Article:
A new Article 222 of UK Air Navigation Order 2009 makes it illegal “to shine any light at any aircraft in flight so as to dazzle or distract the pilot of the aircraft.” The country’s Civil Aviation Authority (CAA) hopes the article, coupled with new technology used by police air support units, will increase conviction rates.
Italy’s Elettronica has entered the last phase of development of its directional infrared countermeasures (DIRCM) system for the anti-missile protection market, and is due to complete ground tests and flight trials by the end of 2009. The project was launched in 2007 to create a system that would protect aircraft from infrared-guided (“heat-seeking”) surface-to-air missiles, and in particular, man-portable air defense systems.
Airborne Law Enforcement Services (ABLE) of Costa Mesa and Newport Beach, Calif., will be the first customer for FLIR Systems’ Ultra 9HD airborne thermal imaging system. An Ultra 9HD mounted on one of ABLE’s EC 120s is on display at FLIR’s Heli-Expo booth (No. 3928).
In response to numerous reports of lasers being pointed at aircraft, the FAA last month issued advisory circular (AC) 70-2 requesting all aircrews to report immediately incidents of unauthorized laser illumination to the appropriate ATC facility. The AC also requires air traffic controllers to notify pilots immediately about laser events.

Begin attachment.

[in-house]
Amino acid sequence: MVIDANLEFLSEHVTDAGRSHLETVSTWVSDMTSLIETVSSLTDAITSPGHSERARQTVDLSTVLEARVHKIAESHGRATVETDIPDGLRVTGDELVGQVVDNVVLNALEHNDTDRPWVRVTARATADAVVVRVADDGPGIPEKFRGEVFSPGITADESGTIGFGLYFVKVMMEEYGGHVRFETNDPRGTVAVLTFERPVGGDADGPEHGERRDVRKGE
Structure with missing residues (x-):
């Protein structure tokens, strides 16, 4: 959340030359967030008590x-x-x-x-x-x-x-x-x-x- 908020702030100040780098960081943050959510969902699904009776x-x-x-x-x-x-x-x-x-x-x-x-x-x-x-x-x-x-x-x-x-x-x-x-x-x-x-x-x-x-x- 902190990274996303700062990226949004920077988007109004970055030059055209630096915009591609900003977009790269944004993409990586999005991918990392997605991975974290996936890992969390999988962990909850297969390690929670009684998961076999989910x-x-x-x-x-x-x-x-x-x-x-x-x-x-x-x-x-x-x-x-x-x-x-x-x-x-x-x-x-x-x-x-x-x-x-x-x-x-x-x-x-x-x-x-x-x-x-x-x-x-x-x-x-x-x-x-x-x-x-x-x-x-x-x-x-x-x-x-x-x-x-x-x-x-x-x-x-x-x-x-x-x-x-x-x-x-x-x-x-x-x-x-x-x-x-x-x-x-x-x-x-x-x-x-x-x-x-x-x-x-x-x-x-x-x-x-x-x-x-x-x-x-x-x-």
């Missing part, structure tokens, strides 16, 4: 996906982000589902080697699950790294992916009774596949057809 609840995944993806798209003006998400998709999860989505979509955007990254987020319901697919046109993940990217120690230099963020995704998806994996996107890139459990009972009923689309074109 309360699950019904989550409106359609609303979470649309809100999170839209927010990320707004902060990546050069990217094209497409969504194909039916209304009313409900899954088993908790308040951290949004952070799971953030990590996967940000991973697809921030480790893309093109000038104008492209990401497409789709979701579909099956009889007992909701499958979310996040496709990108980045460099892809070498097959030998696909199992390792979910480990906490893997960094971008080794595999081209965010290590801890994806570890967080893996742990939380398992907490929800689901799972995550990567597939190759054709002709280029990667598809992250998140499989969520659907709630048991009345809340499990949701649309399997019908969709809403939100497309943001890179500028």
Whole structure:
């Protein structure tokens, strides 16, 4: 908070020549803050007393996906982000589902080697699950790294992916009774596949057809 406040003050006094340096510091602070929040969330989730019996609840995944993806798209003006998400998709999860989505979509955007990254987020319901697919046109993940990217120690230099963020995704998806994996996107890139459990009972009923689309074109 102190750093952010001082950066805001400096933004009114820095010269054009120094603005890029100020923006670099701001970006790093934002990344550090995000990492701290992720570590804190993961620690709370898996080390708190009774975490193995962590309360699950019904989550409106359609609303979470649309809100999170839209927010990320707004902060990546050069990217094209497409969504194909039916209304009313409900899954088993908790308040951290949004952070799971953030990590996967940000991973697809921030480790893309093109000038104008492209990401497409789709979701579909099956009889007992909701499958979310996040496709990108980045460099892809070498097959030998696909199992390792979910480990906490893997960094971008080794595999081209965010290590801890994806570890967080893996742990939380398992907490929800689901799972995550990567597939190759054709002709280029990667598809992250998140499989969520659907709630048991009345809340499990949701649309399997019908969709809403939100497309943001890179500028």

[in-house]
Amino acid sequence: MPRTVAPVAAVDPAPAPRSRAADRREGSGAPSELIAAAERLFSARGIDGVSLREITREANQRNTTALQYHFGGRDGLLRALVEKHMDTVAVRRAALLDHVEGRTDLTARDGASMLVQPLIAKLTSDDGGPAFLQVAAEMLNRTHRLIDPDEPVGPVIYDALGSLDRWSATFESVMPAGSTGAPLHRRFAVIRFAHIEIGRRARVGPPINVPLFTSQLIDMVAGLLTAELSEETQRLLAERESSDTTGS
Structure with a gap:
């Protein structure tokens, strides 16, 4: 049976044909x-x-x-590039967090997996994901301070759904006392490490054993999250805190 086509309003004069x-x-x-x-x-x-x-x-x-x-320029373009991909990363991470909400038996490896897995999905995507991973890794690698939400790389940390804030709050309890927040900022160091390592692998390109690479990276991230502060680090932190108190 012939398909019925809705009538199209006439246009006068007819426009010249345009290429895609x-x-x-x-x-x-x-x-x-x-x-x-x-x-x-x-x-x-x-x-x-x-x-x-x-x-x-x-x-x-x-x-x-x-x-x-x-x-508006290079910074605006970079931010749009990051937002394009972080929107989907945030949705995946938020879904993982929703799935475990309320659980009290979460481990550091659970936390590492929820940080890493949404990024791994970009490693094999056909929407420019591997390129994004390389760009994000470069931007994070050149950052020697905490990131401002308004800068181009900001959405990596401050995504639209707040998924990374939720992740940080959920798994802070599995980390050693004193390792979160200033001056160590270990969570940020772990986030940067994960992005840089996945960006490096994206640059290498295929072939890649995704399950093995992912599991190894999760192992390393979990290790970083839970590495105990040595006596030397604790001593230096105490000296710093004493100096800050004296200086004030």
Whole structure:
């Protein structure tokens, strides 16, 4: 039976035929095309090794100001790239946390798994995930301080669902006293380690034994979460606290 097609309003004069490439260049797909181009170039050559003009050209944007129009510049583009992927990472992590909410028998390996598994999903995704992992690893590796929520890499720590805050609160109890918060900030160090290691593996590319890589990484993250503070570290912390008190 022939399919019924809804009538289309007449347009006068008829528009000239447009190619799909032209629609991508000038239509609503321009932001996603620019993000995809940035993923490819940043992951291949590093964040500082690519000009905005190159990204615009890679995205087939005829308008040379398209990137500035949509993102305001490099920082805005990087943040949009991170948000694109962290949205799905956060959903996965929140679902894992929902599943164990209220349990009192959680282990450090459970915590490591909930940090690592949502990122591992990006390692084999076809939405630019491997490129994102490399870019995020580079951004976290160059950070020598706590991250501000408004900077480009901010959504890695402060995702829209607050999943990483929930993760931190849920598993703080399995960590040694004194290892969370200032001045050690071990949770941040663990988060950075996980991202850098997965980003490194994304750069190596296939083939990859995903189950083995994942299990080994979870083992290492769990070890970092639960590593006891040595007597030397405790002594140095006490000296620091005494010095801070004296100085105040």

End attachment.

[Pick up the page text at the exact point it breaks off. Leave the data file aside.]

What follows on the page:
The House of Representatives passed legislation that aims to punish anyone convicted of knowingly pointing a laser at an aircraft with a maximum of five years in prison. Introduced by Rep. Ric Keller (R-Fla.), the bill stems from a number of cases over the past few years where pilots have reported lasers being shone in the cockpit, causing temporary loss of vision. To date, no accidents have resulted from laser pointing.
As the aircraft fleet ages and the number of in-flight material fatigue incidents climbs, a professor at the University of Missouri-Columbia says he has found a new and reliable method of identifying potentially dangerous cracks in aging aircraft.
The House of Representatives passed a bill last week that imposes a $250,000 fine and up to a possible five-year prison term for people who point lasers at aircraft. Sponsored by Ric Keller (R-Fla.), the legislation is the outgrowth of several recent incidents. Laser beams can temporarily blind pilots and, in some reported cases, cause permanent eye damage. The bill now awaits passage by the Senate.
Two new developments from BAE Systems Advanced Technology Centre promise to markedly enhance performance of aircraft through the innovative use of new-age sensor technologies.
Elbit’s El-Op division has developed a laser radar system capable of detecting obstacles. Called LORD (laser obstacle ranging and display), the system is capable of detecting such obstacles as electrical wires and antennas, thus providing real-time alerts to pilots flying low level in adverse weather conditions. El-Op has built up considerable experience in the development of eyesafe lasers based on optical fibers.
CMC Electronics is here at the Paris Air Show with a compact satcom antenna, an integrated glass cockpit for helicopters, a second-generation electronic flight bag (EFB) and a new line of opto-electronic components.